Jason Freitag (Department of History) recently presented a paper at the 26th European Conference on South Asian Studies, an event organized by the University of Vienna in cooperation with the Austrian Academy of Sciences with the support of the European Association for South Asian Studies. The paper was presented via Zoom.
Freitag presented a paper entitled “Nietzsche in India: A. K. Coomaraswamy and the Supermen in the East,” which examined the translation of cultural ideals in the service of Indian nationalist cultural politics, specifically A. K. Coomaraswamy’s understanding of Friedrich Nietzsche. The paper argues that Coomaraswamy, in a series of essays, intended to locate generally in India the spiritual power and particularly in the Rajput princes the temporal power that Nietzsche sought in his ideological antidote to Western civilization. Coomaraswamy, however, far from privileging Nietzsche, actually subordinated and Indianized Nietzsche by arguing that Indian spiritual achievers have long existed in that space beyond good and evil that Nietzsche idolized.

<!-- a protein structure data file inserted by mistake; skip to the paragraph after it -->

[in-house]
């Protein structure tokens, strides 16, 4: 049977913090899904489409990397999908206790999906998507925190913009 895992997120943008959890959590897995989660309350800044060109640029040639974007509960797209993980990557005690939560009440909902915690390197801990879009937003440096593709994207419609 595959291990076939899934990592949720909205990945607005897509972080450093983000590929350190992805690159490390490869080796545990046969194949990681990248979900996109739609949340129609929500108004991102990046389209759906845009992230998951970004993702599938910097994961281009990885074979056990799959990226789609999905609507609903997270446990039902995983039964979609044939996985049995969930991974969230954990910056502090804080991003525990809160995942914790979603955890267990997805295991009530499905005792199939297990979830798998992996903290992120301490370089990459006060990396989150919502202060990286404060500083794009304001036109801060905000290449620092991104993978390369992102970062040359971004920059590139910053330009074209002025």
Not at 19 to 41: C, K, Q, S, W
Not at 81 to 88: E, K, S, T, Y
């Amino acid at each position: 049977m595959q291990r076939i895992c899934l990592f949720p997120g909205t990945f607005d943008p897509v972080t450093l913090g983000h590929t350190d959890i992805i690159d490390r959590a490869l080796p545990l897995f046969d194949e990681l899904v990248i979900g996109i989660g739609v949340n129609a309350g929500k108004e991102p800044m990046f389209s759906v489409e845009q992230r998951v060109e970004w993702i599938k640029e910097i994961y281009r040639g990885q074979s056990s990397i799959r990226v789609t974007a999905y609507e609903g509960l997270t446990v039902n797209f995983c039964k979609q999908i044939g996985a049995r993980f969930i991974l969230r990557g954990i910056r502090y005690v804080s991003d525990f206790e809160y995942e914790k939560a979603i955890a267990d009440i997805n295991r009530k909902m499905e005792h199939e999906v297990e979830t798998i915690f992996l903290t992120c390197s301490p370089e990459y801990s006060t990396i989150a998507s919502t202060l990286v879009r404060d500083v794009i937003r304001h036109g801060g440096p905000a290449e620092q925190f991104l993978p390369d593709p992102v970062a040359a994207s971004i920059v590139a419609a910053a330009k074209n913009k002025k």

The paper was part of the panel “Beyond knowledge transfer: Circulation of intellectual resources between Europe and South Asia from early 19th to mid-20th century.” This panel explored how knowledge has been circulated/exchanged between Europe and South Asia approximately from the colonial times till the end of WWII. It also examined the political and socio-cultural currents that influenced these processes and privileged certain types of knowledge over others.